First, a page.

• Position of Last Stop - helpful when you shut the unit off, park the car and then take the unit with you. You can turn it on and navigate back to where you parked.

Another way to navigate in a way is the pre-planning feature of navigating from "A --> B". This is often found in higher end units, but finds its way to the entry level TomTom's. This allows you to sit in the departure gate of an airport, and pre-plan a route for when you land in your destination city; from the airport to your final destination. Saves time and allows you to figure out how long the trip will take. Very helpful.

Spoken Directions and Text to Speech (130S Only)

The TomTom ONE 130S only comes with one computerized (text to speech enabled) voice loaded for US English, which is too bad, but there are others that you can download with your TomTom HOME application that you load up on your computer. The TomTom ONE 130S has a variety of pre-loaded non-text to speech voices to choose from. The TomTom ONE 130 has the same variety of non-text to speech voices too; in several english accents for fun if you like.

TomTom ONE 130/130S Speaker Volume Issue

An early and frequent complaint is that the TomTom 130/130S is too quiet and that the voice is hard to hear. I found this to be true in my use; I could hardly hear the unit while driving, with the windows up and the stereo off; forget any other situation. In fact I tested the TomTom ONE 130S versus the ONE XL 330/330S to see how they compare. I set the the TomTom 130S at 95% volume level (a little too garbled at 100%) and then tested the TomTom ONE XL 330S to see at what volume level they were the same loudness. The result was that I could set the TomTom ONE 330S to a 50% volume level and the two sounded equally loud.

Review Summary

The new TomTom entry level ONE 130/130S comes with the new design that allows for easy stowage and easy packing. The EasyPort mount is overall pretty good; nice design. At first the Mounting and Dismounting is tough, but once you see how the mount works, it's pretty easy, and the net of it is that it's a plus. Navigation and operating system on the TomTom is solid.

The very real concern area is that the new TomTom 130/130S is that the audible directions are hard to hear. Some people have reported these issues and some folks are fine with it. These concerns are not present in the TomTom ONE XL 330/330S, as it is plenty loud; consider upgrading to the widescreen if you heart is set on the super thin, EasyPort based latest from TomTom. See my Full Review for the TomTom XL 330/330S.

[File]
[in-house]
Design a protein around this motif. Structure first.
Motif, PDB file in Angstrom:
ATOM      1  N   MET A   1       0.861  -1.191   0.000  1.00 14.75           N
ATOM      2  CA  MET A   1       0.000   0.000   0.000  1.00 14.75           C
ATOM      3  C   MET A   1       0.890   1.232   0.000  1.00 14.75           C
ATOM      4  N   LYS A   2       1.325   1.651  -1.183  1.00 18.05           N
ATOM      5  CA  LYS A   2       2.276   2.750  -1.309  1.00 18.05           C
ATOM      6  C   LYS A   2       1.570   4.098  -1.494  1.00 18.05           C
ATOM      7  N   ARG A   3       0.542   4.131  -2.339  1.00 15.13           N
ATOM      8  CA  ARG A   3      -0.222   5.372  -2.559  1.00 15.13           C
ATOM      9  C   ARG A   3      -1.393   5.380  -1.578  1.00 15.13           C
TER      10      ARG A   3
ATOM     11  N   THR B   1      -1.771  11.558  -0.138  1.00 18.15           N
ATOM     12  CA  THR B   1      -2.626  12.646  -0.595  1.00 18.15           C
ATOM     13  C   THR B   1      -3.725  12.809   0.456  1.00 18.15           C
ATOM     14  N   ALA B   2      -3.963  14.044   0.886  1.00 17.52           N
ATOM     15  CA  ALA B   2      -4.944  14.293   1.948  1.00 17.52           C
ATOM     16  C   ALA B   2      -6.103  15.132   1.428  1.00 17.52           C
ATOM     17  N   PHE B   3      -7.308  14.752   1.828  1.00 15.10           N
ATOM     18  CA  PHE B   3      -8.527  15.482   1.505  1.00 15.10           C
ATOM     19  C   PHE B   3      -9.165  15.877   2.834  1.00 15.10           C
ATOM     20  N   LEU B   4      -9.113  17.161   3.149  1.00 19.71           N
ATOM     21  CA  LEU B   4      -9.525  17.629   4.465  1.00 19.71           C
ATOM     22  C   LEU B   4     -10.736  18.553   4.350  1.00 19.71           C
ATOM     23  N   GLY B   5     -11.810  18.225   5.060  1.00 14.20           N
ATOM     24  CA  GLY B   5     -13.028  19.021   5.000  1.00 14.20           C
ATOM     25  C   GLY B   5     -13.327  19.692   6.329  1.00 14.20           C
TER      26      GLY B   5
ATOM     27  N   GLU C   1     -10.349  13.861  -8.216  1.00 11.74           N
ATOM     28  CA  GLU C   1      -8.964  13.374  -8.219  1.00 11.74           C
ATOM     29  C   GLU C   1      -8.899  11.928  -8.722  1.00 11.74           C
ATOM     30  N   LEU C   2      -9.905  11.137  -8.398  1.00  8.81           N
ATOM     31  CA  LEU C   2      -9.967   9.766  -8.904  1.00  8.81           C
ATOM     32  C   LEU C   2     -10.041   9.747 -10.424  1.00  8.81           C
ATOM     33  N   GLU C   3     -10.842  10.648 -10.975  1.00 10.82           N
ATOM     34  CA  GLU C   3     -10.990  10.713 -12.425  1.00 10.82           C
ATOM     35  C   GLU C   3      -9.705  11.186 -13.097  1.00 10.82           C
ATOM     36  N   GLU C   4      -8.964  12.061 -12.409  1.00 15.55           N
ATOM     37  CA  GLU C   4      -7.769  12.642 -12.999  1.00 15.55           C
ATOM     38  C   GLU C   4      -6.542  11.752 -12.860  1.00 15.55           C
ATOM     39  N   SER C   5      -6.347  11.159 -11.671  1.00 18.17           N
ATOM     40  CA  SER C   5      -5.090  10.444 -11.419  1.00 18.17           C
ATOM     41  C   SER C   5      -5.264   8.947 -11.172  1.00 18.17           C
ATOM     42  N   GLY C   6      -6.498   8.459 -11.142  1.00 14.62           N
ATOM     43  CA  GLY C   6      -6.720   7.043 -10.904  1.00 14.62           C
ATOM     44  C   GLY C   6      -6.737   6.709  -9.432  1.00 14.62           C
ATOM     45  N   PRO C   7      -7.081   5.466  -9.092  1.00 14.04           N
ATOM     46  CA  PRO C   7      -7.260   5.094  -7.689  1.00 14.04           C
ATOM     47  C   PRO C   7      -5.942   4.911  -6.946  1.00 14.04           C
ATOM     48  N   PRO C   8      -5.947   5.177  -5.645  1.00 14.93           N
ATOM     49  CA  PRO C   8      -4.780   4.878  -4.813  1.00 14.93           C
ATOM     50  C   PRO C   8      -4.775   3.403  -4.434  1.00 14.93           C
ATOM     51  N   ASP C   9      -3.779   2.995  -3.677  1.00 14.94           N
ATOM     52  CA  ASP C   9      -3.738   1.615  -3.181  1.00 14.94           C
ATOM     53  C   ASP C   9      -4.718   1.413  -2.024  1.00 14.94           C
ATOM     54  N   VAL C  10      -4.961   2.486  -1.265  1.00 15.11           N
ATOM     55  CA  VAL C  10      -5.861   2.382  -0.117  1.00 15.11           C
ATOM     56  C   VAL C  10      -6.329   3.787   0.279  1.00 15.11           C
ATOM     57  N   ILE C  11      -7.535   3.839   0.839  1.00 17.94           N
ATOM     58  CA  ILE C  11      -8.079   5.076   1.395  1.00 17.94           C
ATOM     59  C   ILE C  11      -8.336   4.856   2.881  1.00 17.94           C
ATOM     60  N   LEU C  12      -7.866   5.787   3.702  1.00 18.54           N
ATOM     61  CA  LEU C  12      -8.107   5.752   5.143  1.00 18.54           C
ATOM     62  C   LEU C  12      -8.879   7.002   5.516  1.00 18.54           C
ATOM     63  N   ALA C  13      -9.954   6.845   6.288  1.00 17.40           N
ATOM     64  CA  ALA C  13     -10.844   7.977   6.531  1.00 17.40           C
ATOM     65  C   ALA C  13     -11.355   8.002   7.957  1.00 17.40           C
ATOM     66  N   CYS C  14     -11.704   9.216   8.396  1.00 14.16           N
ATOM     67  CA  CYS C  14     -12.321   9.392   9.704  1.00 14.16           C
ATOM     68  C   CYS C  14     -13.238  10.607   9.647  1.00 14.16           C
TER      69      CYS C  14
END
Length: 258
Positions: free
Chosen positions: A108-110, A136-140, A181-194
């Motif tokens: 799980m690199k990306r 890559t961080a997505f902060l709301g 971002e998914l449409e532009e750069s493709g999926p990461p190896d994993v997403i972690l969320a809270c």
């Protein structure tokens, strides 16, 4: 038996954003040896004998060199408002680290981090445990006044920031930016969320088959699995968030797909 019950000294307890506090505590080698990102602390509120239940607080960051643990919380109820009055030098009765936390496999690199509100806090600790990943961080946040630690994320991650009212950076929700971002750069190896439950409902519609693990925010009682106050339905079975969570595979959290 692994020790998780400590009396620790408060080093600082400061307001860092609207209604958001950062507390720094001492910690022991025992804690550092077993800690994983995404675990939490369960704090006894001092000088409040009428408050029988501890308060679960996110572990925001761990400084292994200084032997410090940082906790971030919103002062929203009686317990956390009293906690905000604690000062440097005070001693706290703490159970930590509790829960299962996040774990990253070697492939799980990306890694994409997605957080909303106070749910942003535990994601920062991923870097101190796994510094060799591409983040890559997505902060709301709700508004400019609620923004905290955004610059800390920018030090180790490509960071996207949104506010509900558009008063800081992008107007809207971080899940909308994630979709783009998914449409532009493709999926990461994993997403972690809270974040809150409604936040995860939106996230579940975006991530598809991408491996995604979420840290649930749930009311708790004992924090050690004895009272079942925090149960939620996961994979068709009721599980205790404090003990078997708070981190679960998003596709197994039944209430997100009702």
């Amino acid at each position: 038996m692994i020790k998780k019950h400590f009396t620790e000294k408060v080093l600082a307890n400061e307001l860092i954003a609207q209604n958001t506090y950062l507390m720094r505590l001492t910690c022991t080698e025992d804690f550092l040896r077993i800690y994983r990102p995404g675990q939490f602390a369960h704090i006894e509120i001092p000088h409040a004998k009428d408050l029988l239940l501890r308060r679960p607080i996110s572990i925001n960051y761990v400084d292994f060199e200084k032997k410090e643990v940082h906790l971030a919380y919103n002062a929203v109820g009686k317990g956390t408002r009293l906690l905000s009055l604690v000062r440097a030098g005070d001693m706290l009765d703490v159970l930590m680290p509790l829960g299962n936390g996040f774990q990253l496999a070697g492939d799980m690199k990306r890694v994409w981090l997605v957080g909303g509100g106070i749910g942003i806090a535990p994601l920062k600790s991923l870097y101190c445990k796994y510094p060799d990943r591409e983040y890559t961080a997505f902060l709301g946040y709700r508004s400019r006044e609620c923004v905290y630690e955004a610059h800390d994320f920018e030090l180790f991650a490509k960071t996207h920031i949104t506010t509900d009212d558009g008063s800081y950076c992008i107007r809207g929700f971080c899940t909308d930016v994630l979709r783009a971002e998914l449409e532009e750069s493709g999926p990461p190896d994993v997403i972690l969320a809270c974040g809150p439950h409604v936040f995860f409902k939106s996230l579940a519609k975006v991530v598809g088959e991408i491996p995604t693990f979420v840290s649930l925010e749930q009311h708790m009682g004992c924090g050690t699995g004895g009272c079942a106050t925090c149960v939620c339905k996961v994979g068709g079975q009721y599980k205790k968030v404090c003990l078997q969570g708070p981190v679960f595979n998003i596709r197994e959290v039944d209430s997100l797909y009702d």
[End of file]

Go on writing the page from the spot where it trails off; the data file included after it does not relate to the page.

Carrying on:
At Amazon - the TomTom ONE 130 or the TomTom ONE 130S

What's In the Box - TomTom ONE 130/130S The TomTom ONE 130/130S comes with:
  • TomTom ONE 130/130S standard screen Navigator -
  • EasyPort Suction Cup Mount
  • Adhesive Disk
  • User Guide
  • Services and Accessories Guide
  • USB Cable
  • 12V Power Plug

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Posted by Scott Martin at August 12, 2008 7:48 AM

Recent Comments

Having used this device I can't see buying one over a Garmin or Magellan. In theory it has a great set of features. In reality the menu system seems very random. There seems to be no logic to Tomtom's menu layout. I dislike that you can't zoom out when looking at the moving map. Yes, you can zoom out to about city level but not far enough where you can tell where you are between two cities on the freeway. It also automatically zooms back in after a few seconds.
The point of interest database is large but works poorly. It doesn't search far from your target location. By target location I mean either current location, end destination, along route etc. When it gives you a list of potential matches it only says distance to the point, it doesn't indicate direction. Unlike the Garmin or Magellan, it doesn't guess what you mean very well. "Wal-mart" vs "Walmart", only one will find the store. Even worse, when searching for "Zaxby's" the unit had some locations spelled "Zaxbys" and others spelled "Zaxby's". The only way to know you would find the place is enter "Zaxby". Given the small search area and the naming issue above I found the POI system to be vastly inferior to those used by Garmin and Magellan. The soft keyboard has small buttons and no audible feedback when a key is pressed. The Magellan is particularly nice in this regard as the system says the letter or number you just pressed. It might seem a small thing but it makes typing easier because you can look for the next button rather than look back at the entry line to see what you are typing.
The map pan and zoom system is also very poorly done. Rather than letting you pan and zoom right from the main map, you must enter the second page of the menu system. The zoom slider is frustrating as it is very easy to move it farther than you wish. What is wrong with the +/- buttons used on the main map?!
The software does have a few good points. I like that I can customize the main screen. The unit boots up quickly (a flaw of the Garmin) and has no delays or software glitches.
While the software end of things was lacking, the hardware end is great. The unit is small and the window mount system is wonderful! The whole thing folds against the back of the GPS. This makes the unit and mount near pocket sized. If you move the unit from car to car the mount is far better than those used on other devices. If you leave the unit in one car at all times this advantage isn't worth as much.

Posted by: Smith at August 21, 2009 10:28 AM

The speaker volume issue was not a problem with mine. I have read-up on it & found that it was a manufacturing problem; the the speaker cone needed to be >popped

Posted by: Jon at July 2, 2009 1:29 PM